I understand the biochemical mechanism. I understand carb counting. I understand glycemic index. I understand diabetes.
So how could it be THAT hard?
Enter life as your own experiment. No textbook will ever give me the type of insight that living with the disease has given me (which is also rather convenient as a soon to be dietician). With that being said, the past 2 months have contained an abundance of highs and lows. I'm talking physical highs and lows here (however those do tend to result in emotional highs and lows, but that's a different post for a different day). While these might just sounds like numbers, they reveal some pretty serious stuff that's going on inside of you. And they change...often. Oh how they change.
Non-diabetics maintain a continual blood sugar level of 90-100, without any thought or effort. That's the goal here....for everyone. It's not that simple for me. Factors I have to take into consideration in order to maintain this ideal range:
- What I eat
- When I eat
- The rate I eat
- Am I going to work out
- Did I just work out
- Am I going to sleep in
- Am I stressed
Whoa. That's a lot to consider!
Needless to say, my blood sugars have been ALL over the place these first two months! One minute I might be at 300 and 2 hours later, 50. It's happened and it's FRUSTRATING! You feel so out of control.
I've started to become pretty sensitive to highs. I get tired, hungry, and I get a bad headache. Remaining high isn't good for your body, but it's not "scary" per se. Lows on the other hand....those are scary! I get anxious, nauseous, shaky, dizzy, and panicked to the extreme. It's my body's way of telling me something is wrong and it needs to be fixed immediately. It's a pretty effective system right now too. So far, my lowest low as been 39. It happened in the middle of the night, which isn't exactly comforting either.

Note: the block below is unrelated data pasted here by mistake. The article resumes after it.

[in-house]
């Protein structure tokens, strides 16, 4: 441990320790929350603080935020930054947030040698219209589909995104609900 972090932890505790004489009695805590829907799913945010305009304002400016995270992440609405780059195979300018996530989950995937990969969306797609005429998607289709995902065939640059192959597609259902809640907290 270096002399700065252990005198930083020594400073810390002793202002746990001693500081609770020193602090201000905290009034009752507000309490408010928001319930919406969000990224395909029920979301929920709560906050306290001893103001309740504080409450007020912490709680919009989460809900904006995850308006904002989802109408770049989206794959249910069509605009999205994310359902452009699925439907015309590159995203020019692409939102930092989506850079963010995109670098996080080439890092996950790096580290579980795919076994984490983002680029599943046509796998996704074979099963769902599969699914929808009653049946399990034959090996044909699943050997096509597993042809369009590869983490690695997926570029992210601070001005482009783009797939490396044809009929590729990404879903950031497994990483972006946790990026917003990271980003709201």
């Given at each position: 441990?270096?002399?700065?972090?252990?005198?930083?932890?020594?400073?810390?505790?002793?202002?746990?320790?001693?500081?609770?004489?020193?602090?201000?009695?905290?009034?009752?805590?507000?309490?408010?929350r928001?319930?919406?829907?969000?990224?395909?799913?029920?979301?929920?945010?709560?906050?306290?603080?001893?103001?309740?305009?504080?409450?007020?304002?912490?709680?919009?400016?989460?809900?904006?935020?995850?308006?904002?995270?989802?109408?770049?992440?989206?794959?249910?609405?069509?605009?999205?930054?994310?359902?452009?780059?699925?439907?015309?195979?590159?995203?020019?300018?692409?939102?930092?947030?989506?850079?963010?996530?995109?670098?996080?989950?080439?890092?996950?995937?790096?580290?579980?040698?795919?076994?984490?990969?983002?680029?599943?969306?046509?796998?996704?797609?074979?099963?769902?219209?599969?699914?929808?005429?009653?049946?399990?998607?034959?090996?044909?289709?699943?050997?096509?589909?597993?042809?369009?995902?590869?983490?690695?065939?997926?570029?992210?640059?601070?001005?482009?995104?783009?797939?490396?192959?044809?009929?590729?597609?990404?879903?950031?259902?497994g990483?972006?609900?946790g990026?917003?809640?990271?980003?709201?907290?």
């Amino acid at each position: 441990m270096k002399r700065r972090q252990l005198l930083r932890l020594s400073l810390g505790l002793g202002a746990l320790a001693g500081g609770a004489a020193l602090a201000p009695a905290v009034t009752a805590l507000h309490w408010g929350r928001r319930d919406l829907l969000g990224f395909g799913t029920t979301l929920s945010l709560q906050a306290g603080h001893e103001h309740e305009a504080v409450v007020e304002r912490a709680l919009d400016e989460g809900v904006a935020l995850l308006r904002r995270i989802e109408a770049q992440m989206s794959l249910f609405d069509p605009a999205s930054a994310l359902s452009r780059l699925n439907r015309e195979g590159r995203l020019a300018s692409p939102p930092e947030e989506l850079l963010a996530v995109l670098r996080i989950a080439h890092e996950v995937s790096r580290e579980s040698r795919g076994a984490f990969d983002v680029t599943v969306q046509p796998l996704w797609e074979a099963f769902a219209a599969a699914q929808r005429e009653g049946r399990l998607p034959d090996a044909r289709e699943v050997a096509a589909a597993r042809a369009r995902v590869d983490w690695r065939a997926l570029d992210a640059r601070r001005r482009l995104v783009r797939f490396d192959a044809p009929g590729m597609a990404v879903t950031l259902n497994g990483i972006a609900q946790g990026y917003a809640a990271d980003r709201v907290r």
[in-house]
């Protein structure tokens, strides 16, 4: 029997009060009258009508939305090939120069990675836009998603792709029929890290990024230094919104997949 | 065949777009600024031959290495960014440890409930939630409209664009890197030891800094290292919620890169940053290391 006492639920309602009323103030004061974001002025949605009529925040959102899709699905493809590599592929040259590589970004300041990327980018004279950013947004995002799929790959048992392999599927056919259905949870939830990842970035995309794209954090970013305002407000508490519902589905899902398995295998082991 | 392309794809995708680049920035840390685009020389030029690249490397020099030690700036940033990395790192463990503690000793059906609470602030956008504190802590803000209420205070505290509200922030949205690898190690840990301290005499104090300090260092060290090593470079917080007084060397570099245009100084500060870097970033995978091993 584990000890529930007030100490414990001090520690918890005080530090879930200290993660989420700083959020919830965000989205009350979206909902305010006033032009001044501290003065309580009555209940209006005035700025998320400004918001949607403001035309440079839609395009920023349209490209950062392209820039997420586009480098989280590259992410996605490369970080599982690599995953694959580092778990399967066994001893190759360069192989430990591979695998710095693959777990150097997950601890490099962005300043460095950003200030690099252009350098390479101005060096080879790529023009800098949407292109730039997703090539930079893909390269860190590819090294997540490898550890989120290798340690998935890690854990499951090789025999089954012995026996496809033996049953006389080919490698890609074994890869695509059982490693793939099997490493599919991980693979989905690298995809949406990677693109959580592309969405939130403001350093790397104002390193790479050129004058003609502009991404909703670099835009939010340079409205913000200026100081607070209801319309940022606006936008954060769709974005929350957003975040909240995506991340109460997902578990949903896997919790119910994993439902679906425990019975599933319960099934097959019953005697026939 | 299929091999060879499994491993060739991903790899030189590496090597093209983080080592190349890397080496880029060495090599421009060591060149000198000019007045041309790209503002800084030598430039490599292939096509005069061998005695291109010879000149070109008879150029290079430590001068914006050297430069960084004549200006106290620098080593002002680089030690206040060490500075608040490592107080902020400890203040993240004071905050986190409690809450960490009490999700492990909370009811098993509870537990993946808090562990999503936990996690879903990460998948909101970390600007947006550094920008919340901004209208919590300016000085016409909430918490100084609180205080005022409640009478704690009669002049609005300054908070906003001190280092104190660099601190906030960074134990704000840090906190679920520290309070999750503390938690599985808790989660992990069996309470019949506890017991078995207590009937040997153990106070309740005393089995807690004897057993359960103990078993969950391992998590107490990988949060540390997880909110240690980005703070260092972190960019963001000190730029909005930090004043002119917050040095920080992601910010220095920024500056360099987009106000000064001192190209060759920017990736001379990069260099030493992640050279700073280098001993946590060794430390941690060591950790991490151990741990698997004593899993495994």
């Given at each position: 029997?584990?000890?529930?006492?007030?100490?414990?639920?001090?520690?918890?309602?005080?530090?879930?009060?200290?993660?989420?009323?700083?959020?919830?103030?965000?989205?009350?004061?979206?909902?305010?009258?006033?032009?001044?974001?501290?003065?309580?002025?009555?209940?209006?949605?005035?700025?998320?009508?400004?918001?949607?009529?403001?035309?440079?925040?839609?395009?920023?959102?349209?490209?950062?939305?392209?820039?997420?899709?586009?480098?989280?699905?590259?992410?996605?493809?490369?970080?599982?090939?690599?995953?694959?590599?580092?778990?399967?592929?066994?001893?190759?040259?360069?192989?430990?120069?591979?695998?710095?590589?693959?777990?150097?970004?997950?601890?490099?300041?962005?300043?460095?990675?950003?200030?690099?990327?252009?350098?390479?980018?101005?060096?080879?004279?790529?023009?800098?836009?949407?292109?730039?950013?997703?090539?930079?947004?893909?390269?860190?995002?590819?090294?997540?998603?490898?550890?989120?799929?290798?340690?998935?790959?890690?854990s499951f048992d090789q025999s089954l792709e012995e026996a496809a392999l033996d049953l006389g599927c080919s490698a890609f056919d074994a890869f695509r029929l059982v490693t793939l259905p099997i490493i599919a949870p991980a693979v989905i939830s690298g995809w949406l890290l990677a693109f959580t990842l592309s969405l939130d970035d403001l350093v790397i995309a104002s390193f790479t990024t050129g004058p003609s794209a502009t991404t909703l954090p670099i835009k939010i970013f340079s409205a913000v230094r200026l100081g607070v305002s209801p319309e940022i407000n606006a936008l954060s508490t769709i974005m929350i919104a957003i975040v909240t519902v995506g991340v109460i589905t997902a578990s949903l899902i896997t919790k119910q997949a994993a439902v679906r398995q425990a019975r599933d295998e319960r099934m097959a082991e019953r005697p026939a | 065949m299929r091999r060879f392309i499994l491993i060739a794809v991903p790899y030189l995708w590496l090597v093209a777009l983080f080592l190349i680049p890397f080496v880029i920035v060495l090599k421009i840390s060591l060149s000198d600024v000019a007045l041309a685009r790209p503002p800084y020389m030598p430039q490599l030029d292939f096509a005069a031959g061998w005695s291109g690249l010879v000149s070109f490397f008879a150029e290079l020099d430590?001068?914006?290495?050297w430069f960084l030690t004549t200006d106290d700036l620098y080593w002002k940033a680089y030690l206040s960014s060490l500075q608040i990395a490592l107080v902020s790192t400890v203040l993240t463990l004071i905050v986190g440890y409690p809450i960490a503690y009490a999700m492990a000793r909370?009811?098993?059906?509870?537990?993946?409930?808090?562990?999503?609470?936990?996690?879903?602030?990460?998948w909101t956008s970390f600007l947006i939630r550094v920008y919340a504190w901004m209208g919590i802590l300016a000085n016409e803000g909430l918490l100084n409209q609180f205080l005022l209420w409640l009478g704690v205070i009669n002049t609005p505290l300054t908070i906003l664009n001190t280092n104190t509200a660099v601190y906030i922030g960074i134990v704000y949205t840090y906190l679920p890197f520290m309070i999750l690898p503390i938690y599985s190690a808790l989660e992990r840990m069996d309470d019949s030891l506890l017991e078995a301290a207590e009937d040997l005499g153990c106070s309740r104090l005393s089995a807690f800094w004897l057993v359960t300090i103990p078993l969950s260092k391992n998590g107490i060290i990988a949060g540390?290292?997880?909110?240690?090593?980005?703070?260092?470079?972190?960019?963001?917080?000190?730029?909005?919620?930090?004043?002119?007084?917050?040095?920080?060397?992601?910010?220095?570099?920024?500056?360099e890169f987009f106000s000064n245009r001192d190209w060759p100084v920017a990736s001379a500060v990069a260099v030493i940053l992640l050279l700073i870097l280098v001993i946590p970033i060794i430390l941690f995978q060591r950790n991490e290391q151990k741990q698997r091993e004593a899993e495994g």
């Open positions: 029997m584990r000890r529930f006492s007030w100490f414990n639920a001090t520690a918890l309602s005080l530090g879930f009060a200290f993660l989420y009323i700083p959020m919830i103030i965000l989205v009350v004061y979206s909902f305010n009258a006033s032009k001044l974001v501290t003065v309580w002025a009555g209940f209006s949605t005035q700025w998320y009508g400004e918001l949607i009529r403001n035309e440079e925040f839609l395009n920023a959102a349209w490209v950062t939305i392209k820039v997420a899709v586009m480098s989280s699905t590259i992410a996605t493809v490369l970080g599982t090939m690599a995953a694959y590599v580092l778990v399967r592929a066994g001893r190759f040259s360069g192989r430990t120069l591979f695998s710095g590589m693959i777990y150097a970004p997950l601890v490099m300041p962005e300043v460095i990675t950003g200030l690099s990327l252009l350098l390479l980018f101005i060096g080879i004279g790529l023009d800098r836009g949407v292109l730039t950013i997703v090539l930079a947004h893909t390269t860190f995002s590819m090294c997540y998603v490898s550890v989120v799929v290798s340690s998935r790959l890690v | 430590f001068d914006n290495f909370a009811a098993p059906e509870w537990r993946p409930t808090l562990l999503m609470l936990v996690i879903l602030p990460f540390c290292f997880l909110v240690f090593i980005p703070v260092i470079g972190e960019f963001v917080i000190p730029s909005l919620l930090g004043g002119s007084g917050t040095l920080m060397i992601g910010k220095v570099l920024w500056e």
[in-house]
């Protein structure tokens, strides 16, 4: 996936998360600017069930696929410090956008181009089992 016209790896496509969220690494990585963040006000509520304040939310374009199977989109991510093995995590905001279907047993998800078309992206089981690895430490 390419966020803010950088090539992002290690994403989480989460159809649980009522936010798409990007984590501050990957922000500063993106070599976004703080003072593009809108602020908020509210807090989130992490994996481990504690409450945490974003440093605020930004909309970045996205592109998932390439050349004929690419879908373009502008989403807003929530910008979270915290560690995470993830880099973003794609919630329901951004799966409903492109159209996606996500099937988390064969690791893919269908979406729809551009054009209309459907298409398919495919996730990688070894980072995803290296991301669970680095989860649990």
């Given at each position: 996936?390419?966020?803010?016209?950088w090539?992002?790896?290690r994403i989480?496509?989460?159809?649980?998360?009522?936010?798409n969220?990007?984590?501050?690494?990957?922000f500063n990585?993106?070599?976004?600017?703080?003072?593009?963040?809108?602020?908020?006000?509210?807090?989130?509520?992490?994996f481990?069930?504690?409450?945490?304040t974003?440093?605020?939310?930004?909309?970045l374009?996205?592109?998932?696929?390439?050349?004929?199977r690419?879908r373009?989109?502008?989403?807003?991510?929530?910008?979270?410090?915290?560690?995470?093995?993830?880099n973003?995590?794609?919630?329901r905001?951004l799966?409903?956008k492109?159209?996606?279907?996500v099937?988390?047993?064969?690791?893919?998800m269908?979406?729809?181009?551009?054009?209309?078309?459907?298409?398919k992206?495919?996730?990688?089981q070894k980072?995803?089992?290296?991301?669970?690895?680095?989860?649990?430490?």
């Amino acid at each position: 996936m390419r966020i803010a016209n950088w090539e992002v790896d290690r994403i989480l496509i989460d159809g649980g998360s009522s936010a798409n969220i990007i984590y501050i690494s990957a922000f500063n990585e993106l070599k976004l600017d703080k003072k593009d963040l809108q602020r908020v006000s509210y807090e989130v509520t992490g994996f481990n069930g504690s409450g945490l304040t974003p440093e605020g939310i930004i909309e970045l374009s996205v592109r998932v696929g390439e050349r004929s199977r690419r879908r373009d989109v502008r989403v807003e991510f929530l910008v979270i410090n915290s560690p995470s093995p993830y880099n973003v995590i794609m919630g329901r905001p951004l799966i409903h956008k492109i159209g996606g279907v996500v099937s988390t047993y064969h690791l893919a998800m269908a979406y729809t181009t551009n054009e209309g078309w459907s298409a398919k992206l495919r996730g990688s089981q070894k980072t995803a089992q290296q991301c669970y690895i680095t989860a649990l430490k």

All this has really been interfering with my life these past two months. I've had to leave classes, pull off to the side of the road, leave half-filled buggies unattended while I run to my car just to getaway, sit down, and eat something.
There's another way it's affected me, physically speaking. All these extreme fluctuations have caused my hair to fall out. It's complicated to explain, but I'm told it's expected with out of control blood sugars. It's vain, but it's one of the most upsetting parts of it all. I remember taking a shower several weeks ago and experiencing the first "gob" of hair coming out into my hands. It was drastic. I cried...and cried...and cried (and with that, I must express how thankful I am for my mother who brings me back to earth and a roommate who prays over me and cries alongside.) And as an update, it's slowing down a little. I'm still losing more hair than usual, but I'm hoping I've seen the worst of it.
I knew it wouldn't come easy, but I didn't know it would be this difficult. But with that being said, I've made huge leaps as well. Today was a victory in my eyes.
This is a beautiful thing.
Will everyday be like this? Probably not. But for right now I'm celebrating every small victory that comes along with this journey.
2 Corinthians 4:17: "For our present troubles are quite small and won't last very long. Yet they produce for us an immeasurably great glory that will last forever."